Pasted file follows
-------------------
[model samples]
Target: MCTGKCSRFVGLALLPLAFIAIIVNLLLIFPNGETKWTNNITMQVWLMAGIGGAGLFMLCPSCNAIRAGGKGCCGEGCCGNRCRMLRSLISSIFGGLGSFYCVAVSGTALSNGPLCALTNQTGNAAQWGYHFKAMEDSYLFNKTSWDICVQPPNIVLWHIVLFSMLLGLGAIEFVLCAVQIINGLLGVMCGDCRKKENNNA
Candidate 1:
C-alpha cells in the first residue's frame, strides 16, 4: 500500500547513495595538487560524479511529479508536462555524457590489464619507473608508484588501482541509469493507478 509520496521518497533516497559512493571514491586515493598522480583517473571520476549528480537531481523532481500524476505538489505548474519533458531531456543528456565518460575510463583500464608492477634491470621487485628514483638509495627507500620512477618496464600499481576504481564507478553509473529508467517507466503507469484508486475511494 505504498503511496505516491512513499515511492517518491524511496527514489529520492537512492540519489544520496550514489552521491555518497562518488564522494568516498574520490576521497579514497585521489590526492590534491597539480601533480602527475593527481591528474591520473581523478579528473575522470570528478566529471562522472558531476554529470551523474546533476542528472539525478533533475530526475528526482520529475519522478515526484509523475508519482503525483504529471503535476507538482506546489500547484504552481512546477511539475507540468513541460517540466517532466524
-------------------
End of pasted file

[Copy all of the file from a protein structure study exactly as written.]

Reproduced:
[model samples]
Target: MCTGKCSRFVGLALLPLAFIAIIVNLLLIFPNGETKWTNNITMQVWLMAGIGGAGLFMLCPSCNAIRAGGKGCCGEGCCGNRCRMLRSLISSIFGGLGSFYCVAVSGTALSNGPLCALTNQTGNAAQWGYHFKAMEDSYLFNKTSWDICVQPPNIVLWHIVLFSMLLGLGAIEFVLCAVQIINGLLGVMCGDCRKKENNNA
Candidate 1:
C-alpha cells in the first residue's frame, strides 16, 4: 500500500547513495595538487560524479511529479508536462555524457590489464619507473608508484588501482541509469493507478 509520496521518497533516497559512493571514491586515493598522480583517473571520476549528480537531481523532481500524476505538489505548474519533458531531456543528456565518460575510463583500464608492477634491470621487485628514483638509495627507500620512477618496464600499481576504481564507478553509473529508467517507466503507469484508486475511494 505504498503511496505516491512513499515511492517518491524511496527514489529520492537512492540519489544520496550514489552521491555518497562518488564522494568516498574520490576521497579514497585521489590526492590534491597539480601533480602527475593527481591528474591520473581523478579528473575522470570528478566529471562522472558531476554529470551523474546533476542528472539525478533533475530526475528526482520529475519522478515526484509523475508519482503525483504529471503535476507538482506546489500547484504552481512546477511539475507540468513541460517540466517532466524